the time of the administrative proceedings. . . .” (Doc. 30 in 5:14-cv-350-JEO entered on July
21, 2015); see also Tolbert v. Colvin, 2014 WL 3889476, *2 (N.D. Ala. Aug. 4, 2014 (finding
that good cause exists for failing to present new evidence when it did not exist at the time of the
The good cause requirement “was designed to prevent claimants from attempting to
withhold evidence ‘with the idea of “obtaining another bite of the apple” if the Secretary decides
that the claimant is not disabled.’” Milano v. Bowen, 809 F.2d 763, 767 (11th Cir. 1987) (quoting
Szubak v. Sec’y of Health and Human Servs., 745 F.2d 831, 834 (3rd Cir. 1984)). Ms. Beard
obtained new counsel on October 6, 2015, who advised her to see Dr. Blotcky for a
psychological evaluation. His evaluation and subsequent results were not in existence during the
administrative process and could not be “withheld” in hopes of obtaining another bite at the
The Commissioner argues that “there is absolutely no statutory or decisional authority for
the premise that the alleged incompetence of the claimant’s first attorney constitutes ‘good
cause’ for remand,” citing Taylor v. Comm’r of Soc. Sec. 43 F. App’x 941, 943 (6th Cir. 2002).
First, this court is not bound by a Sixth Circuit decision. Moreover, in Taylor, the proposed
“new” evidence presented to the district court existed at the time of the ALJ’s hearing, but the
attorney did not produce it for whatever reason. In the present case, the “new evidence” was not
in existence during the administrative process.
This court agrees with the claimant that a remand in this situation would not present a
danger of encouraging claimants to manipulate the administrative process, especially given that
Dr. Blotcky’s opinion is the only opinion assessing Ms. Beard’s IQ and the evidence was not in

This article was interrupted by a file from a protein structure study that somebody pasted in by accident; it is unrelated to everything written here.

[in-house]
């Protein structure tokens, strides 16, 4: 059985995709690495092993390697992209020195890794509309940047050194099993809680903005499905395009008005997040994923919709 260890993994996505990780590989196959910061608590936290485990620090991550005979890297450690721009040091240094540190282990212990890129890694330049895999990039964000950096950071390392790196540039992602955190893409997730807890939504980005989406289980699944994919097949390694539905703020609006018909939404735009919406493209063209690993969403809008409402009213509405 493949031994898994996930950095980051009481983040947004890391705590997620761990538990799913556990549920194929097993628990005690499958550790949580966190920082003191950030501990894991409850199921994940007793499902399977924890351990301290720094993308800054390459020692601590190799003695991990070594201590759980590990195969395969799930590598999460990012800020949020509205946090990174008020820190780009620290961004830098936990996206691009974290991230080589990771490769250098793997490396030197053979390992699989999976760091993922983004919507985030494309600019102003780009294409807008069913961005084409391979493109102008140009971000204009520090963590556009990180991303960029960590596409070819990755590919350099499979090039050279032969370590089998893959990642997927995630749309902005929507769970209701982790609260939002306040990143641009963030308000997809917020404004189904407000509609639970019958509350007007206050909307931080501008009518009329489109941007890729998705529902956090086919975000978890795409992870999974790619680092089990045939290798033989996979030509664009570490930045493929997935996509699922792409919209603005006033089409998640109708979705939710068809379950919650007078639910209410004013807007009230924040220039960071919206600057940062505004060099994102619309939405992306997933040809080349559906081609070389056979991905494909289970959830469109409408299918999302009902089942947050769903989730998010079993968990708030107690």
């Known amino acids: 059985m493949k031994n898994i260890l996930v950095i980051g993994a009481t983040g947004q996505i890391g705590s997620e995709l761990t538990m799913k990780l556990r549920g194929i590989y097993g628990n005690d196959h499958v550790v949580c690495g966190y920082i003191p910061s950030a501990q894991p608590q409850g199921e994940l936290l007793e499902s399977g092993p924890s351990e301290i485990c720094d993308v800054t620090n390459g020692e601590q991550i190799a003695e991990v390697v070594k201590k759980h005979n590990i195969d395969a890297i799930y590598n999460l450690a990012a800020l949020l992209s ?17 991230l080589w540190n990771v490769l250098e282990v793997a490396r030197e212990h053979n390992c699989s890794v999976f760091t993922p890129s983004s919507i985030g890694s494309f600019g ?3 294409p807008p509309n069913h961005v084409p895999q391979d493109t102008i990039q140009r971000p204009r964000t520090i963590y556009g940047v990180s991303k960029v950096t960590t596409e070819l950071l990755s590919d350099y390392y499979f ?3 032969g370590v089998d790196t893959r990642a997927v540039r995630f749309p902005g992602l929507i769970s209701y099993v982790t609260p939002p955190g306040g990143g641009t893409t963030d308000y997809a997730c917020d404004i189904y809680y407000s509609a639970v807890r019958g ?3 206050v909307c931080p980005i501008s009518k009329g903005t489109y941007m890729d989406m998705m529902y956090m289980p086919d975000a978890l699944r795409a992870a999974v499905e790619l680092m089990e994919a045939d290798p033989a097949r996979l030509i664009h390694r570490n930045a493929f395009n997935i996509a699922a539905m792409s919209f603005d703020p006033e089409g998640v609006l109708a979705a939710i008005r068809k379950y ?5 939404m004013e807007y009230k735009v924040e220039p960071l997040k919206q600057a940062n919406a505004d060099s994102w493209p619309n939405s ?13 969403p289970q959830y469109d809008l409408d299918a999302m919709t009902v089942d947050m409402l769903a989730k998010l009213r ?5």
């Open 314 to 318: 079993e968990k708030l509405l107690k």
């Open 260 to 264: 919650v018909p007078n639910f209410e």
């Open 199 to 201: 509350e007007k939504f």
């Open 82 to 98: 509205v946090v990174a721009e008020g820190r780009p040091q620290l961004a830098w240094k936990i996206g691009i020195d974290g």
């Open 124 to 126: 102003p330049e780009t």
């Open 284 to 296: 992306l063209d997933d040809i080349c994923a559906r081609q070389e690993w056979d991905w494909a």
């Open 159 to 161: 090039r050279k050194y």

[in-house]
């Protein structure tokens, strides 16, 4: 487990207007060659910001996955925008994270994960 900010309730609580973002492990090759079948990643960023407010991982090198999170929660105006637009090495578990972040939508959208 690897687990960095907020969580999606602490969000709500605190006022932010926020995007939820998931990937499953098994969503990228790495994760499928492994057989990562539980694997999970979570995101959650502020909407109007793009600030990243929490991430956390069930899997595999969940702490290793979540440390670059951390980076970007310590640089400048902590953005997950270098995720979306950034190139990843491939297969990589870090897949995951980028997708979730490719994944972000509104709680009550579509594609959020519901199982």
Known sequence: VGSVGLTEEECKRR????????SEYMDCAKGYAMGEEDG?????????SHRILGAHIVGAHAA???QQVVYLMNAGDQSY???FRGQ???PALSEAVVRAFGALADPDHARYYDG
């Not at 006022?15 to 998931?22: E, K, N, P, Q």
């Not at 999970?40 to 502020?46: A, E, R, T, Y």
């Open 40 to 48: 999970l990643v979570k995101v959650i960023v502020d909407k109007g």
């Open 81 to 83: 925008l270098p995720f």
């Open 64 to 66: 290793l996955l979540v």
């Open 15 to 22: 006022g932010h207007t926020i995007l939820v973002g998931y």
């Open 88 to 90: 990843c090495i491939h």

existence during the administrative proceedings. Therefore, this court concludes that Ms. Beard
had good cause for failing to submit the psychological evaluation report and MSS earlier.
In summary the court concludes that, under Eleventh Circuit precedent, Ms. Beard has shown
that Dr. Blotcky’s psychological evaluation and MSS are new and non-cumulative, material,
and that good cause exists for failing to submit the evidence earlier. Accordingly, the court
GRANTS Ms. Beard’s sentence six motion to remand (doc. 10). This action is REMANDED to
the Commissioner pursuant to 20 C.F.R. § 404.983 for consideration of Dr. Blotcky’s
psychological examination and MSS.
The court DIRECTS the Clerk to close this case, but the court RETAINS JURISDICTION to
re-open this case if the Commissioner files additional findings of fact after remand
DONE and ORDERED this 7th day of March, 2017.
KARON OWEN BOWDRE
CHIEF UNITED STATES DISTRICT JUDGE
When a district court remands a case to the Commissioner under sentence six, the Appeals
Council, acting on behalf of the Commissioner, may make a decision, or remand the case to an
ALJ with instructions to take action and issue a decision or return the case to the Appeals
Council with a recommended decision. 20 C.F.R. § 404.983. See also Ingram v. Commissioner
of Social Sec. Admin., 496 F.3d 1253 (11th Cir. 2007). In a sentence six remand, the statutory
provision itself specifically requires the Commissioner to return to the district court to file
additional or modified findings of fact after the remand proceedings and, therefore, the court
retains jurisdiction over the case throughout the remand proceedings. Jackson v. Chater, 99 F.3d
1086, 1095 (11th Cir. 1996).